The Community Center of the College
Shaping the College Union Movement
UW-Madison alumnus, Porter Butts, envisioned the concept of a college union as "the community center of the college" and devoted his time to creating a space at the University that embodied this idea. When the Memorial Union opened in 1928, Butts was named its first director. He served in this role for 41 years while also teaching at the University. In 1929, Butts outlined the four objectives of the Wisconsin Union:
- The Union exists to make the large University a more human place. In the words of president Frank, "The union is a living room, which converts a University from a house of learning to a home of learning."
- To provide the physical facilities where personal relations among students and teachers may naturally find expression, a comprehensive and well-considered program for the social life of the University.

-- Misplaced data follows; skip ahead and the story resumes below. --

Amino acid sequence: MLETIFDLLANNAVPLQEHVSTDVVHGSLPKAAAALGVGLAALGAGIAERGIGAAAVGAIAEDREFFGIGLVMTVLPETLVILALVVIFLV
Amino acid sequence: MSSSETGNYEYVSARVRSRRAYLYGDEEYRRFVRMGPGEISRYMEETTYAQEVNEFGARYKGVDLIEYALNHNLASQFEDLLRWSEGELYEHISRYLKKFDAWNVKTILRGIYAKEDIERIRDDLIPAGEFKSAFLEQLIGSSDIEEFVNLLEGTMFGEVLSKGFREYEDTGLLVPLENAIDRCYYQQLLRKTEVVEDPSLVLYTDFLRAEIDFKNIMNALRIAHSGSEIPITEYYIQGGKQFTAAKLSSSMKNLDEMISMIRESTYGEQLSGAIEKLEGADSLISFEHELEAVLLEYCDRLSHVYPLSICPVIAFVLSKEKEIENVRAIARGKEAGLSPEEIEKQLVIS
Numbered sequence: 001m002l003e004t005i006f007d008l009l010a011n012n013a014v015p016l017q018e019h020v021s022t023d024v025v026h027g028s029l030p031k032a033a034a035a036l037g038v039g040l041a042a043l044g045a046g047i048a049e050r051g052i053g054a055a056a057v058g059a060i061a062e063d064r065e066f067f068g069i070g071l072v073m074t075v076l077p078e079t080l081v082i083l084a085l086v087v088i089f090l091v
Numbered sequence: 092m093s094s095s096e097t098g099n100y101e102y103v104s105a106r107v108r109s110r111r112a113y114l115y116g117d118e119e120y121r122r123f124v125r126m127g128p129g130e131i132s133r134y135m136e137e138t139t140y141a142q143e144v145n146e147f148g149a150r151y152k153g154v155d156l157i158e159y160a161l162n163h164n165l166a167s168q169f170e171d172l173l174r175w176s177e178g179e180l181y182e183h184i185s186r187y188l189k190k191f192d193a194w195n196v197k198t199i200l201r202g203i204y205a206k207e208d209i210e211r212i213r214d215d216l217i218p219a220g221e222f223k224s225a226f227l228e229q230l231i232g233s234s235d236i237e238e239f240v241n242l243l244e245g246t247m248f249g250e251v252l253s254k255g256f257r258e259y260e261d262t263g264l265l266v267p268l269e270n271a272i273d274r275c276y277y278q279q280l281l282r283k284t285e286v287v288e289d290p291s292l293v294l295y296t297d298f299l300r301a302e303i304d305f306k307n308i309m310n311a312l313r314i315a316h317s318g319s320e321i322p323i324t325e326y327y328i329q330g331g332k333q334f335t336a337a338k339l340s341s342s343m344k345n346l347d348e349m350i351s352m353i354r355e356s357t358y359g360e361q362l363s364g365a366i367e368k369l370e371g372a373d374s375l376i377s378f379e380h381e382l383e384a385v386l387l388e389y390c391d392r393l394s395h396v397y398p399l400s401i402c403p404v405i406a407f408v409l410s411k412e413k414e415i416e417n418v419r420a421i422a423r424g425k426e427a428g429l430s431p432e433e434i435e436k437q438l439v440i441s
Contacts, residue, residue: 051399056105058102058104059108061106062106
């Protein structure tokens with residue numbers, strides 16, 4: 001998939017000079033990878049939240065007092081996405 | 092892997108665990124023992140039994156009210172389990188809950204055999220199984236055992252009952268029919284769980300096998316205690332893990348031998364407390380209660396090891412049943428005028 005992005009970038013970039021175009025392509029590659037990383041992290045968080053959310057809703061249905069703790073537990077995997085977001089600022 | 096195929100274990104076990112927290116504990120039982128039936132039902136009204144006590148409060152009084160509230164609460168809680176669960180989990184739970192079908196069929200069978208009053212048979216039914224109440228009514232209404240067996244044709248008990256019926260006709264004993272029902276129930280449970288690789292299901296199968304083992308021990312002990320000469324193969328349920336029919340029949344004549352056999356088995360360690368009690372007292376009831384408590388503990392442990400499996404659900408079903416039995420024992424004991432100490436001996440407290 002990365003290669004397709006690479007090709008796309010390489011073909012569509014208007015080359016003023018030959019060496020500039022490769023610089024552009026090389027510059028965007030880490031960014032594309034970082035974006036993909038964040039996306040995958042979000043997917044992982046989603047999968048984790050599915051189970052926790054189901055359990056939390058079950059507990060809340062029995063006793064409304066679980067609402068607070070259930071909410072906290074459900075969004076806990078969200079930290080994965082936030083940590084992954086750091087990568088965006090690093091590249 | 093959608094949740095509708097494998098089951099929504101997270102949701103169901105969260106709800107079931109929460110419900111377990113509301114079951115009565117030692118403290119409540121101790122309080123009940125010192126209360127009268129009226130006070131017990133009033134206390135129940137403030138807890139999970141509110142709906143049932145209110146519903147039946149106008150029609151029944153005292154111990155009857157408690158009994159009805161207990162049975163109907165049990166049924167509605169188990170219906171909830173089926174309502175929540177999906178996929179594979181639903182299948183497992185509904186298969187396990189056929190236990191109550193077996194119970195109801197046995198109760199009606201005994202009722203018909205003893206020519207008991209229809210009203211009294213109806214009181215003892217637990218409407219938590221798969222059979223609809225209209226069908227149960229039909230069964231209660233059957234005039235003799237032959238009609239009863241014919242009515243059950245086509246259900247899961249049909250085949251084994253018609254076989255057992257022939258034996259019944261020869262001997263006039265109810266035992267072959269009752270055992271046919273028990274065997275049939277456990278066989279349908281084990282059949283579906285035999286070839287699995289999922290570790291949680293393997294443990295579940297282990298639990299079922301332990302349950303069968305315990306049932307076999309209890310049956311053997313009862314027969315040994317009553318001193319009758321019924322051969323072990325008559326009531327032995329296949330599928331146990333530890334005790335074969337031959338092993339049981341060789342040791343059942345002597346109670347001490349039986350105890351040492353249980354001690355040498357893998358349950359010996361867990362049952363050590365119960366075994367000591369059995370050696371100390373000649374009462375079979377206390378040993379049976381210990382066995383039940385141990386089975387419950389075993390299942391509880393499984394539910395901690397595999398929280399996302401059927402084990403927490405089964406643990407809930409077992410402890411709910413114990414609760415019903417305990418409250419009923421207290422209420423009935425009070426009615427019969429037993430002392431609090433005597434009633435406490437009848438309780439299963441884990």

- The Union stands as the University's recognition of the importance of the leisure hour.
- The Union is a genuine student cooperative enterprise, aiming to give students experience in governing and managing their own affairs.
Throughout his career, Porter Butts was a pioneer in the college union movement, serving as the president of the Association of College Unions (ACU) in 1932 and consultant for 115 college union buildings throughout the world. Butts was awarded the Distinguished Alumni Award in 1991, the same year he passed away. Butts was posthumously granted the Wisconsin Visual Arts Lifetime Achievement Award.